Lawsuit tests religious speech in class

A professor spoke of his religious views in class and says the college then took action against him. Does a teacher have the right to share such beliefs in class?

In a lawsuit that's shining a spotlight on the role of religion in higher education, an Ohio community college philosophy professor says administrators punished him because he made a point of disclosing his Catholic beliefs in the classroom.

While the college hasn't presented its side of the story yet, it appears that the case will pit the professor's freedom of speech against the school's right to control its staff. There's a larger question too, one that will be debated outside the court system: Even if it's legal, should educators ever tell students about their faith?

One national organization has already jumped into the fray. The Foundation for Individual Rights in Education (FIRE), a five-year-old legal advocacy group, is assisting James Tuttle, who filed suit on June 30 against Lakeland Community College of Kirtland, a Cleveland suburb.

"Apparently, at Lakeland College, Thomas Aquinas wouldn't be able to teach philosophy," says David French, president of the Philadelphia-based FIRE.

In the lawsuit, Dr. Tuttle says he got into hot water with the college's administration in 2003 after a student complained about his discussions of his Catholic beliefs. Among other things, the student mentioned a note in the class syllabus that Tuttle describes as a "disclaimer."

In the note, Tuttle describes himself as a "catholic Christian philosopher and theologian" who is "passionate, controversial (not politically correct), candid and zany/earthy." He urges students to "be aware of where I am coming from" and says his critics often "have personal issues with faith, religion, morals and ideology."

He finishes the disclaimer by urging students who are "uncomfortable" to talk to him and try to resolve any problems.

According to the lawsuit, Tuttle's supervisor wrote the professor a letter saying the disclaimer bothered him more than the student's complaint. The supervisor allegedly suggested that the part-time professor, who did not have tenure, "would be happier in a sectarian classroom."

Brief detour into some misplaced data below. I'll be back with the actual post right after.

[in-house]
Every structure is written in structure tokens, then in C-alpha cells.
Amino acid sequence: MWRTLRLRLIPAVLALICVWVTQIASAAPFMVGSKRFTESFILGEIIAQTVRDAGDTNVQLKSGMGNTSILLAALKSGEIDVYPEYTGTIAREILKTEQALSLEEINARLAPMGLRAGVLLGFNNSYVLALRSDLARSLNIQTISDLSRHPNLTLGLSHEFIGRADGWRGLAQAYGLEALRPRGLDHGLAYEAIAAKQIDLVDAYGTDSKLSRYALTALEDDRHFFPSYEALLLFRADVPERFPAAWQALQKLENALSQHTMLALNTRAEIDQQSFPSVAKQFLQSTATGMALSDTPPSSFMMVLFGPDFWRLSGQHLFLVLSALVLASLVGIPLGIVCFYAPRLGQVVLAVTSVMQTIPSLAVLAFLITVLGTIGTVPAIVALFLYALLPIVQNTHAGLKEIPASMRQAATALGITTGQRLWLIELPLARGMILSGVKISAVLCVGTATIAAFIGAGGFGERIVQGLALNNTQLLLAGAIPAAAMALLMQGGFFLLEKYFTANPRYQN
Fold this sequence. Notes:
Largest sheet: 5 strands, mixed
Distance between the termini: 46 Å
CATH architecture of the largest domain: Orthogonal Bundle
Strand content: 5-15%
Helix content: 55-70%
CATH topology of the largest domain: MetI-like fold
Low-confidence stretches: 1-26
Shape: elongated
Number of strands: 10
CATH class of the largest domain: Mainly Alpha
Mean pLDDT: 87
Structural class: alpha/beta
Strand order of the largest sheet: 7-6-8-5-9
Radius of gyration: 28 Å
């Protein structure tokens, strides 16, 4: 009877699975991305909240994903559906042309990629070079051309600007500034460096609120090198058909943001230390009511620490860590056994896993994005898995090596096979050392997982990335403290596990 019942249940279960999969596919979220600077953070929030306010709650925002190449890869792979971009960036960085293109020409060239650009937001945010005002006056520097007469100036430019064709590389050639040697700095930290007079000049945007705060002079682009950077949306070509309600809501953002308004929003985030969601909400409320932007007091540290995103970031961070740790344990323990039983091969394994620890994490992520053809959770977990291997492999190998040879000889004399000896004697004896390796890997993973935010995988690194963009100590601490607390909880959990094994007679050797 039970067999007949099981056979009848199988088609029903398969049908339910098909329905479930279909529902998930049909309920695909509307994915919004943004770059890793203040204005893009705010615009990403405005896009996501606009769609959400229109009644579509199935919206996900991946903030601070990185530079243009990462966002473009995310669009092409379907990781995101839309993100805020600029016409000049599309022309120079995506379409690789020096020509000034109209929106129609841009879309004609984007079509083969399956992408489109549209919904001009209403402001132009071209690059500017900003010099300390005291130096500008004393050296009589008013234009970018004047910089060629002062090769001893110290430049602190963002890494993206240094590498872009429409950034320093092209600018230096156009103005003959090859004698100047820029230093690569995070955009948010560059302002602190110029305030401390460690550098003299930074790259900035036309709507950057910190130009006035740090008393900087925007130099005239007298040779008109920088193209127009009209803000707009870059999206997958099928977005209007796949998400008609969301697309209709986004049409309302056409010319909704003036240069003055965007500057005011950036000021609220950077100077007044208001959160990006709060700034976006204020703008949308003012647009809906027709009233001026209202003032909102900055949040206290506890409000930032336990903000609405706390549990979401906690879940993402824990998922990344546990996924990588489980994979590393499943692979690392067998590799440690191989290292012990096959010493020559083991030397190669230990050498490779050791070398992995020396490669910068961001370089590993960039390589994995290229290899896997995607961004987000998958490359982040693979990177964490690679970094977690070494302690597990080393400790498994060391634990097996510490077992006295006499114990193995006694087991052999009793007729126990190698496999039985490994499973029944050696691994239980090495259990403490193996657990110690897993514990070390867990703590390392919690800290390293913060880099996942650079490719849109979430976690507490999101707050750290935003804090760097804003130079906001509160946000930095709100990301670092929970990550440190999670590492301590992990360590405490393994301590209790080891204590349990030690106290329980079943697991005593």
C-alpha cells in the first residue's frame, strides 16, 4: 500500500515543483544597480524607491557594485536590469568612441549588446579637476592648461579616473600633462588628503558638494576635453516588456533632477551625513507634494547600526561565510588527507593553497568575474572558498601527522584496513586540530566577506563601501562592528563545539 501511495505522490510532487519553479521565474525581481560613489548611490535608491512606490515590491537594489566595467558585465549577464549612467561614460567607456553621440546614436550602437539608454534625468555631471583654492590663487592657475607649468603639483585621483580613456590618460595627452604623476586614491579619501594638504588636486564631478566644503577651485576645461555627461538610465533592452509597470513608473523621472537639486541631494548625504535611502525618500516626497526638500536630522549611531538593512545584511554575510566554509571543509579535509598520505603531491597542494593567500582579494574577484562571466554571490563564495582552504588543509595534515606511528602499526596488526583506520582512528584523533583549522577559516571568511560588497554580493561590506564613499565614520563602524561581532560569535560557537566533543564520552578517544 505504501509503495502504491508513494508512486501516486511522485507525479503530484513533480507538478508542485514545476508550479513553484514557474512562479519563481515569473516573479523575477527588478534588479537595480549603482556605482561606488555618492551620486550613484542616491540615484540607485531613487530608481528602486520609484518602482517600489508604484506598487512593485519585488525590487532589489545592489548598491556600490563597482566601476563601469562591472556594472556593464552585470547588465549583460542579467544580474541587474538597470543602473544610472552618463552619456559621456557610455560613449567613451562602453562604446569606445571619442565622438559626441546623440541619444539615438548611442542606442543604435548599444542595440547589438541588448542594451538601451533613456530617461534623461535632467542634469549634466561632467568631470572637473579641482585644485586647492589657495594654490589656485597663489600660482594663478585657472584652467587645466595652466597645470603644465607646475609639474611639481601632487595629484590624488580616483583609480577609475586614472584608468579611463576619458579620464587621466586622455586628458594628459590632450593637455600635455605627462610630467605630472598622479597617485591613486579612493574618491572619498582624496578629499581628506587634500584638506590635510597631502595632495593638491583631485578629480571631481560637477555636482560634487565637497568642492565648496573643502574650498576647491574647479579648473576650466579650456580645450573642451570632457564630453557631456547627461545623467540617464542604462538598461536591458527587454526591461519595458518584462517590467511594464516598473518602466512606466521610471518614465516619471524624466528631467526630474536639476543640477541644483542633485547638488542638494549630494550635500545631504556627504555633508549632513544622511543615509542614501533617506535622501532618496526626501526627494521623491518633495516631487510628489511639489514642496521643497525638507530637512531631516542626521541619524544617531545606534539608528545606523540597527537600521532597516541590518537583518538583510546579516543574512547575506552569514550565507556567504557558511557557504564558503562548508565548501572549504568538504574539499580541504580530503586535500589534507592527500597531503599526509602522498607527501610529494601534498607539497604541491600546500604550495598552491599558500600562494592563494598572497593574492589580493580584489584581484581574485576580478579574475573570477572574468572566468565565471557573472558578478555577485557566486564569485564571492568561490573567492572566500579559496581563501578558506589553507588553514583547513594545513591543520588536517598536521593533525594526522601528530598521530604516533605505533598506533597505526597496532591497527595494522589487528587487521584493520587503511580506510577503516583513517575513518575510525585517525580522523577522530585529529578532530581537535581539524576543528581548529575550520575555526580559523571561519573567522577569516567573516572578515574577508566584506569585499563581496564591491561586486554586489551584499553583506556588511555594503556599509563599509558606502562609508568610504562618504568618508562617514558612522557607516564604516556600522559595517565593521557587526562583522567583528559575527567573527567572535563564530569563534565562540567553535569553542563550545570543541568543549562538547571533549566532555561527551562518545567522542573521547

Tuttle claims he received only one class assignment last fall, even though he'd received high rankings from students in surveys. When the college later refused to assign him to his requested classes, he refused to teach at the school.

"They directly responded to his viewpoint by essentially demoting, railroading, and terminating him," says Jeffrey Brauer, Tuttle's attorney.

Lakeland Community College's attorney, Bradley Sherman, says the administration did nothing wrong and has a "different view of the facts" than the professor. Mr. Sherman declined further comment.

Tuttle, who drives a limousine for a living, continues to teach part time at another community college, his attorney says.

The case is unusual because "most universities take a hands-off attitude toward their professors," says Eugene Volokh, professor of law at the University of California at Los Angeles. But the motives behind the school's actions aren't uncommon, says FIRE's Mr. French. Many administrators wrongly believe that "a public institution must be cleansed of all religions influence to comply with the Constitution," he says. In reality, "they can't favor religious expression, but they can't disfavor it either. They can't single it out for bad treatment."

FIRE, which is nonpartisan, defends students and teachers who claim their civil rights are being violated on campus. Among other actions, the group has gone to bat for religious clubs and student editorial cartoonists who offended ethnic groups. "Those who tend to be censored often tend to be on the right," French says.

Universities can't violate the right of professors to mention religion where it may be appropriate, as in a philosophy class, says Volokh. "It's understood that students are not impressionable youngsters. They're adults, they're engaged in a consultation with a professor." On the other hand, "imagine if the professor says, 'I believe in this, and if you don't say this prayer with me, I will flunk you.' That would be clearly unconstitutional coercion of religious practice," Volokh says. "And you could imagine if the professor spends the entire class preaching his religion, then there might be a violation."

Regardless of the legalities, some professors think the less they say about their own beliefs in class, the better. "As an educator, I worry about starting off a course with a distinct profession of any point of view," says Carney Strange, professor of higher education at Ohio's Bowling Green State University. "It may potentially create a chilling effect on how students examine various points of view. There's a power and position differential between faculty and students."

David Oxtoby, a chemist and president of Pomona College in Claremont, Calif., isn't so strict. While he doesn't think discussion of his Lutheran beliefs should play a role in chemistry classes, he does bring them up in seminars about the interaction between science and religion. "It's important to make your own belief system explicit, then ask students about their thoughts on these types of issues and get a good discussion going."

Both Dr. Strange and Mr. Oxtoby agree on one thing: Proselytizing has no place in the classroom. "The professor needs to be in a role of drawing students out rather than telling them what they ought to believe," Oxtoby says. "That's the crucial difference."

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